Volume: Total 27.5 cubic km.
Catchment area: 3174 square km.
No. of inlets: 118.
No. of natural outlets: one (the Seta River).
However, to the south east of Lake Biwa there were four other lakes that existed back to about four million years ago. Due to its age, Lake Biwa is classified as one of the world's few 'ancient' lakes.
No. of endemic species/subspecies: 62, including:
|'Honmoroko', a minnow (Gnathopogon caerulescens). Habitat is deep open water. This fish is prized for its taste when grilled.|
|'Gengorobuna', Japanese crucian carp (Carassius cuvieri). Habitat is middle to surface waters. The Japanese name of this fish relates to a famous local legend.|
|'Biwamasu', Biwa Salmon (Oncorhynchus sp.). Habitat is cool middle waters. Prized for its lean, tasty flesh.|
|'Isaza', a goby (Gymnogobius isaza). It spends the daytime at depths of 30m or more, coming to the surface at night.|
|'Biwako-ohnamazu', Lake Biwa Catfish (Silurus biwaensis). Habitat is the bottom of the lake. This is the largest fish in the lake.|
|'Biwahigai', Biwa oily gudgeon (Sarcocheilichthys variegatus microoculus). Habitat is sand and gravel. This species lays its eggs in clams.|
|'Nigorobuna', a crucian carp (Carassius buergeri grandoculis). Habitat is fairly deep water. The juvenile fish grow in reed beds. It is used for 'funazushi', a local dish of fermented fish.|
|'Wataka', a carp (Ischikauia steenackeri). Habitat is middle to surface waters. It eats plants and in Japanese is also known as the 'horse fish'.|
|'Utsusemikajika', a sculpin (Cottus reinii). This species is found in Lake Biwa and the surrounding rives of the drainage basin.|
|'Biwayoshinobori', a goby (Rhinogobius sp.). This endemic species was first reported in 1998. It lives in the open waters of the lake, coming closer to shore during the summer to lay eggs.|
|'Sugomoroko', a minnow (Squalidus chankaensis biwae). Until recently, this species was considered to be the same as a species found in other parts of Japan, but research has determined that the Lake Biwa specimens are a separate subspecies.|
|'Aburahigai', a minnow (Sarcocheilichthys biwaensis). Habitat is rocky areas of the lake, but recently its numbers have dramatically decreased.|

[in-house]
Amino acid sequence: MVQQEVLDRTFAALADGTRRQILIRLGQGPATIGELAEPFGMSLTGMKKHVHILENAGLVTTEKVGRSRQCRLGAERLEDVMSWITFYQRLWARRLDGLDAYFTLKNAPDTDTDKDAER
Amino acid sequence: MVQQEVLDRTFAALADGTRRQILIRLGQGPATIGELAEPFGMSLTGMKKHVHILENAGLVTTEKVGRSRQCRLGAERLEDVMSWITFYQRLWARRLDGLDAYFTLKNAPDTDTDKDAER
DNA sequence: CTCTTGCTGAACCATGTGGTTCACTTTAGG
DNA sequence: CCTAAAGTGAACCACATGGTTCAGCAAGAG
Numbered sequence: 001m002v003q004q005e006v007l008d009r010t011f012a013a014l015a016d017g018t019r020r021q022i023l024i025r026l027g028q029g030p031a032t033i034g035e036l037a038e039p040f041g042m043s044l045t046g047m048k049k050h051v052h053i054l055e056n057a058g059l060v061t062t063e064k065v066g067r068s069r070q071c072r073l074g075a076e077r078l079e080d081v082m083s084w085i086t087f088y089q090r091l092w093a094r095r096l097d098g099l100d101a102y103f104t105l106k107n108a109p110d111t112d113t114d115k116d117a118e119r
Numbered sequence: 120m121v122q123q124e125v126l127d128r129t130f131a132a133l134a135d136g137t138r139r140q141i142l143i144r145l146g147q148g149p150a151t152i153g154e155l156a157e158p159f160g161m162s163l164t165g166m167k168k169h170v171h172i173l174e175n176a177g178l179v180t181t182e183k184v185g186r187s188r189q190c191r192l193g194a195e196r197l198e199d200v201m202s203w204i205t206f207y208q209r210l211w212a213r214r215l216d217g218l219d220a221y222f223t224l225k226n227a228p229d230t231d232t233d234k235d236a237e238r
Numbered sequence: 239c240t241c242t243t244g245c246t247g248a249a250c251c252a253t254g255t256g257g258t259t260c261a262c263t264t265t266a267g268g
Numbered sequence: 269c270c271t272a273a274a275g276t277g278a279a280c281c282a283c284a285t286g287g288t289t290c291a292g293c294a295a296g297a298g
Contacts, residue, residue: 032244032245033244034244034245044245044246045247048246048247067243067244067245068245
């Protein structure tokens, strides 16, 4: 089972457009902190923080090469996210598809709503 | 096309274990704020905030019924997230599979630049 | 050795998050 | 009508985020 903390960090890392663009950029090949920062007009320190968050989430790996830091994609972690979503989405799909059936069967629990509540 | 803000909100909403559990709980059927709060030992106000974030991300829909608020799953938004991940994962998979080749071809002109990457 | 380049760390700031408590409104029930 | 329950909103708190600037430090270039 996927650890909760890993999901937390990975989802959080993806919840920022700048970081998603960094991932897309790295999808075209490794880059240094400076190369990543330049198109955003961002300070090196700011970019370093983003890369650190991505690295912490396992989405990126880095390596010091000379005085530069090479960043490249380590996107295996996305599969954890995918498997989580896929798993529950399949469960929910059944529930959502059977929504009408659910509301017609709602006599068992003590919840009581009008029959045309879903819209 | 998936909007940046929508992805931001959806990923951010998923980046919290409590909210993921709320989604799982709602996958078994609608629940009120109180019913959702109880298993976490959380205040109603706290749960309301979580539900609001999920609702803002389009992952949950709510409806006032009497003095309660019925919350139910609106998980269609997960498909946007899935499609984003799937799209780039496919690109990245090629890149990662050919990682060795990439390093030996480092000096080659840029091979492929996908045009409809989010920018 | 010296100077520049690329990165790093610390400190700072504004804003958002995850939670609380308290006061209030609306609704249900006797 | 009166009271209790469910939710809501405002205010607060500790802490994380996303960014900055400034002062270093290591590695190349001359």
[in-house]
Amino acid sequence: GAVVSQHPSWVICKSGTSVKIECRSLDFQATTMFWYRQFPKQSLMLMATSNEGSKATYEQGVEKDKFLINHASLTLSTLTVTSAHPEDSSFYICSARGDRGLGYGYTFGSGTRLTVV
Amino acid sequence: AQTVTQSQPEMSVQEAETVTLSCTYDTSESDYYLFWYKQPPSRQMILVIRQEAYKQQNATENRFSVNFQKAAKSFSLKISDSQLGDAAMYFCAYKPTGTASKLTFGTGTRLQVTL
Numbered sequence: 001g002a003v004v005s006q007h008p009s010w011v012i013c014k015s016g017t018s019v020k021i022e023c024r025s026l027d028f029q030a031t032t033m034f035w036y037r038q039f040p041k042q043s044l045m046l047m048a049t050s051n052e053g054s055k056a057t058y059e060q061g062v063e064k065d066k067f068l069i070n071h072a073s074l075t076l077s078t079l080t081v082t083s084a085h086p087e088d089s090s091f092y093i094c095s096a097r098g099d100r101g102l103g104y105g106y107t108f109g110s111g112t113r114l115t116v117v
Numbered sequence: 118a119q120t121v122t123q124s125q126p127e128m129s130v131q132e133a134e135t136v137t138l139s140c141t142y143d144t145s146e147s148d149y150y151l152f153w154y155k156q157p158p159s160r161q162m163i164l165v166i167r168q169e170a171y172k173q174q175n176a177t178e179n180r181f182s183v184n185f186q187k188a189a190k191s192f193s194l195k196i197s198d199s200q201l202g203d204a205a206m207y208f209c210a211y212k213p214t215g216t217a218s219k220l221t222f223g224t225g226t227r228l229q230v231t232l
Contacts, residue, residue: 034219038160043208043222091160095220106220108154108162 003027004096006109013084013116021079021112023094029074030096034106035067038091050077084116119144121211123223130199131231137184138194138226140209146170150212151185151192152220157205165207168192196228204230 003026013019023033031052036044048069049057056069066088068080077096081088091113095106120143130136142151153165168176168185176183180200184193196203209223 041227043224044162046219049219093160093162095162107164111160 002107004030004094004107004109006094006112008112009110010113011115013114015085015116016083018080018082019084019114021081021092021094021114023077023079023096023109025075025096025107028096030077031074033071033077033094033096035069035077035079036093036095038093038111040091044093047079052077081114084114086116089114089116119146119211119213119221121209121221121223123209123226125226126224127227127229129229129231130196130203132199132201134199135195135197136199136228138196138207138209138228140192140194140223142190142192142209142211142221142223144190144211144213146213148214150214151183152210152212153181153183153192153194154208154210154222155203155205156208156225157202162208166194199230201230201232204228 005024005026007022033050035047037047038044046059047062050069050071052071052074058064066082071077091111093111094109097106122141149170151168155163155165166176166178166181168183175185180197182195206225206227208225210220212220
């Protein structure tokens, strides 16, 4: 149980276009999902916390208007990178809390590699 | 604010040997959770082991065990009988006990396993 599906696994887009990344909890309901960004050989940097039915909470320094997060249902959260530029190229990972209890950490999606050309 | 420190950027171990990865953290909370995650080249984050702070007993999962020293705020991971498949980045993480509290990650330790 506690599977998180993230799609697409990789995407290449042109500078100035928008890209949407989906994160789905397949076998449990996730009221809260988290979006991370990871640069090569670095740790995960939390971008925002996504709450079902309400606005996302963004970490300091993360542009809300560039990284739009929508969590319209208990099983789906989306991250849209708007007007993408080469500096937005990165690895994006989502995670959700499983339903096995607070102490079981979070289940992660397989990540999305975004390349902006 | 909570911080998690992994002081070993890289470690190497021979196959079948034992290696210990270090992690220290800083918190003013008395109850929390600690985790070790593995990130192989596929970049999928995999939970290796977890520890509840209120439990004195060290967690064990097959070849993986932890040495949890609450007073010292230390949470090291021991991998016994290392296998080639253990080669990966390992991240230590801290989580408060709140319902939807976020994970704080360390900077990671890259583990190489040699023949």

|'Biwakogata Sujishimadojou', a loach (Cobitis minamorii oumiensis). Habitat is the lakeshore areas and rivers of the Lake Biwa region, but recently numbers have dramatically decreased.|
|'Ohgata Sujishimadojou', a loach (Cobitis magnostriata). Habitat is the lakeshore areas and rivers of the Lake Biwa region, but recently numbers have dramatically decreased.|
|'Iwatoko-namazu', Biwa rock catfish (Silurus lithophilus). Inhabits the rocky areas of the north of the lake. Of the three species of catfish living in Lake Biwa, this one is said to be the most tasty.|
|'Biwakomizushitadami', a gastropod (Biwakovalvata biwaensis). Lives at depths ranging from 2 to 80m on muddy sediments, but can also be found on gravel in the north basin. The diameter of the shell is 3 to 5mm.|
|'Nagatanishi', a gastropod (Heterogen longispira). Lives at depths ranging from 2 to 30m. It has become rare in the south basin. It is a large species, with a shell reaching 70mm in length.|
|'Ikechougai', Biwa pearly mussel (Hyriopsis schlegeli). Habitat is sandy mud at depths of 1 to 5m. This species reaches 255mm across. It played an important role in the freshwater pearl industry.|
|'Setashijimi', the Seta clam (Corbicula sandai). Can be found throughout the lake at depths of 2 to 30m. Size ranges from 20 to 35mm. It is eaten by local people.|
|'Nejiremo', a water plant (Vallisneria asiatica var. biwaensis). The leaves have a characteristic twist along their length.|
|'Sannenmo', a water plant (Potamogeton biwaensis). The leaves don't have a stalk, and are linear with a pointed tip.|
|'Biwakunshoumo', an algae (Pediastrum biwae). In Japanese this species is called 'the decoration' due to its shape.|
|'Biwatsubokamuri', an Amoebozoa (Difflugia biwae). By swallowing sand grains this amoeba produces a hard shell.|